Today's blog is by Donal Daly, CEO of The TAS Group.
One of the issues that I’m often asked about is how to improve sales win rate. Sometimes the question is presented as “What’s a good win rate?" or “What percentage of deals that I bid for should I win?”
Of course there is really no universal answer to this question –- and the reason for that is that it’s the wrong question.
In my opinion, energy is more productively spent in determining why you lose deals, and, in my experience, the explanation follows a fairly predictable pattern. If that is true, then if you can identify the common attributes of lost deals, you can work to avoid deals with those attributes, or focus on how to overcome the weaknesses that gave rise to the failure. Then by definition, your win rate will improve.
Here are the reasons sales managers give when I ask why their teams lost the deal:
- “Well, he wasn’t speaking to the decision maker.”
- “She didn’t understand what the customer really wanted to achieve.”
- “We should never have bid in the first place. The customer is locked into our competitor.”
- “Our solution just wasn’t a good fit, and he (the salesperson) tried to squeeze a round peg into a square hole.”
- “The competitor had a stronger relationship with the customer.”
- “There was never a project there in the first place.”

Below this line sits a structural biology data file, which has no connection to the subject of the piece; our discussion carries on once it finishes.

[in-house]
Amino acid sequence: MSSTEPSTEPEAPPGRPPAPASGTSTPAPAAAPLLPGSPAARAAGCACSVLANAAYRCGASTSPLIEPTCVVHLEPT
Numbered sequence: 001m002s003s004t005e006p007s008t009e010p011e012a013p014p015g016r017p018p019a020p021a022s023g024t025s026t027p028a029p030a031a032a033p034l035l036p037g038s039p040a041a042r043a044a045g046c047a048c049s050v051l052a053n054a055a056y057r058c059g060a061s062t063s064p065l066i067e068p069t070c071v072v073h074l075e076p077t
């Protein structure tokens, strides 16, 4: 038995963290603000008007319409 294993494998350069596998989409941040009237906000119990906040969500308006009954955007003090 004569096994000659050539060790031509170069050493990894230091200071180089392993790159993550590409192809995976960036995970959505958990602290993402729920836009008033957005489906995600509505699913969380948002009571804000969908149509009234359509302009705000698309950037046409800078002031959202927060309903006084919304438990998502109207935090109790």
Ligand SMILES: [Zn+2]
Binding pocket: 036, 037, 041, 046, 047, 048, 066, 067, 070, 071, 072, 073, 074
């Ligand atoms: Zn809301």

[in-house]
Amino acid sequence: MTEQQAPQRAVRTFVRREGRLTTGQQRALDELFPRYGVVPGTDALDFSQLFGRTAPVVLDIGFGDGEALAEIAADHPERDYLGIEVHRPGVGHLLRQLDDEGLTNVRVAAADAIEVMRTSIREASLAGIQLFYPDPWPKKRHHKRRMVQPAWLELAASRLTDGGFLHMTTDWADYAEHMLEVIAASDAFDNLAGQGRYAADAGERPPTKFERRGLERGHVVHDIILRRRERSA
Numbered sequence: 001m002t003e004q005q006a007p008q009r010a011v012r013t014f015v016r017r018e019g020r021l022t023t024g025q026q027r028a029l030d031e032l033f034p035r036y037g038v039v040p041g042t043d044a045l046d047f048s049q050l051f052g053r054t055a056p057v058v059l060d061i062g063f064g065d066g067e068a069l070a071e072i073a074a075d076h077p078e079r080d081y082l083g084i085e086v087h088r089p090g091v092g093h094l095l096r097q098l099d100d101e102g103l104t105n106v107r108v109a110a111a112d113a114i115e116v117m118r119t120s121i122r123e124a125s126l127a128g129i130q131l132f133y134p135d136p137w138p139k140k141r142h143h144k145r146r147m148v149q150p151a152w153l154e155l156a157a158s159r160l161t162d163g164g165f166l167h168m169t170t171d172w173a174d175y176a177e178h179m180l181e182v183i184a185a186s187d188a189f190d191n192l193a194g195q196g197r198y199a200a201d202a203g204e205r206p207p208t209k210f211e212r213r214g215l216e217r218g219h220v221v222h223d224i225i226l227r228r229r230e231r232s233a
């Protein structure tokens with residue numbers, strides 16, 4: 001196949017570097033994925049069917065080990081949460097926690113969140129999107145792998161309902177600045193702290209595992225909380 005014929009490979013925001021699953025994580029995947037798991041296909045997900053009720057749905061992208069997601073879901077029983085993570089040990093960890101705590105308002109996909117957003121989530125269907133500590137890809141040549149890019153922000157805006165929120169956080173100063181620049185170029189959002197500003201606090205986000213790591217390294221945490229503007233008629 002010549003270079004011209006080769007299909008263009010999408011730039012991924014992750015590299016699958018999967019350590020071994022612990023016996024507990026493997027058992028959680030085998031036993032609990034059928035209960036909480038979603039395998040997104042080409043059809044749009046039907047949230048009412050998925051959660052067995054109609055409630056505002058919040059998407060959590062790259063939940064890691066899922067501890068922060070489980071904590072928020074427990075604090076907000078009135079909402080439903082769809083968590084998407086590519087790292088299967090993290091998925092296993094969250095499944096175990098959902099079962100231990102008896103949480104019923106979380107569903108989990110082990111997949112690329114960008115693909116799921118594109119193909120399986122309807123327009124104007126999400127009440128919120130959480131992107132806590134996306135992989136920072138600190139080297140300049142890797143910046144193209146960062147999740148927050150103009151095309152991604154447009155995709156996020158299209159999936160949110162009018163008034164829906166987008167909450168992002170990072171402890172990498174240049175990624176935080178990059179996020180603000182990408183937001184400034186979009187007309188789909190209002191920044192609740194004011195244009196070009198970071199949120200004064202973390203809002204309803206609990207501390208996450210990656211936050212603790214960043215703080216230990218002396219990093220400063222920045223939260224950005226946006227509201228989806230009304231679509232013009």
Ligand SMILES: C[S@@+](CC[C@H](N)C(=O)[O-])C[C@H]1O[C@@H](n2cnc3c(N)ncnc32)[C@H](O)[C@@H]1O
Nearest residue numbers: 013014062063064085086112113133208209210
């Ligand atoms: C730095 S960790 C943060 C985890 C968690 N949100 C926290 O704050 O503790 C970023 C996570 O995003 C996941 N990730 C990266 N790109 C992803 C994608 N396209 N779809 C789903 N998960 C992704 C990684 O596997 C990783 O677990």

- “We didn’t understand the personal motivation of the decision maker.”
- “He couldn’t get the customer to understand our value proposition.”
- “She never realized that the budget was way too small for our product.”
Responses from salespeople to the same question include many of the above, but they sometimes give additional reasons:
- “We’re just too expensive.”
- “We couldn’t provide a reference because we’ve never sold to that type of customer before.”
- “I never knew [the deal] had to be approved the technology committee. He never told me that.”
- “The customer just doesn’t get it. I don’t understand it –- she really needs our stuff.”
- “I never knew that the competitor wrote the RFP.”
- “He never told me that capability X was important.”
- “My [internal] sponsor just didn’t have the juice to make it happen –- even though he told me he did.”
For mid-to-large deals in an enterprise B2B market, the costs incurred in pursuing a sale will typically range between $10,000 and $100,000. Our research at The TAS Group has shown that it takes 50% longer on average to lose a deal than to win one. Think about that for a moment. If your sales team is spending more time losing deals than winning deals, what’s that going to do to your quota achievement? Or, if you could fix the problem, what impact would that have?
Next week, we'll look at the two real reasons sales are lost, and how you can strategize to improve your win rates.